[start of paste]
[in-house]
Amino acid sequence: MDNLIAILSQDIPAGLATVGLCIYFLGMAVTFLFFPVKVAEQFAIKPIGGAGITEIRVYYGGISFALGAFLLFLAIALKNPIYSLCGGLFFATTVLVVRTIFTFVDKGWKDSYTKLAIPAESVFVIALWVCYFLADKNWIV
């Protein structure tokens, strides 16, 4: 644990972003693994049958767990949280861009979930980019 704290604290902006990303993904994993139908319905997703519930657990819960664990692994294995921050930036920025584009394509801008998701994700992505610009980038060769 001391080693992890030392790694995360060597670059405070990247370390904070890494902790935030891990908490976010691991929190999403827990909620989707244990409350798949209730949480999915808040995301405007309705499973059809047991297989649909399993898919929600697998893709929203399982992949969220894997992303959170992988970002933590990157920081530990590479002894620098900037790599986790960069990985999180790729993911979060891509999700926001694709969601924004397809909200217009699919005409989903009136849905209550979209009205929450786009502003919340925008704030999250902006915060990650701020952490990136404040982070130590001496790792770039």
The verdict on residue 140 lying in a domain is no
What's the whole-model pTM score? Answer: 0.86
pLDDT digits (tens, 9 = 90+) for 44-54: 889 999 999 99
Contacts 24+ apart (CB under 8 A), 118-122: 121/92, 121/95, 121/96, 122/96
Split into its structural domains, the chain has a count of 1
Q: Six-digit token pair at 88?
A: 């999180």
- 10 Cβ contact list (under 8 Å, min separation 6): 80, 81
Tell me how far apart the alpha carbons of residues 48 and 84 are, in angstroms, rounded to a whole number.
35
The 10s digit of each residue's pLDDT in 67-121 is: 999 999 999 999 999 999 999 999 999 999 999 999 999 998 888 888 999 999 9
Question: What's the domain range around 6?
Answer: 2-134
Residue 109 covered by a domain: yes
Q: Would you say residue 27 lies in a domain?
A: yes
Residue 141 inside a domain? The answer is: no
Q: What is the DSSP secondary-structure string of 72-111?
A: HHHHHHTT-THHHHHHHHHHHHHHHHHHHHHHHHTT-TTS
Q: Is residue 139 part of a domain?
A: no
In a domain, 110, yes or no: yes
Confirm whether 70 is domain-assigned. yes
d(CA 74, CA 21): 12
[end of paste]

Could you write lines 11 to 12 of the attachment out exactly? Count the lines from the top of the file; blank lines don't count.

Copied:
- 10 Cβ contact list (under 8 Å, min separation 6): 80, 81
Tell me how far apart the alpha carbons of residues 48 and 84 are, in angstroms, rounded to a whole number.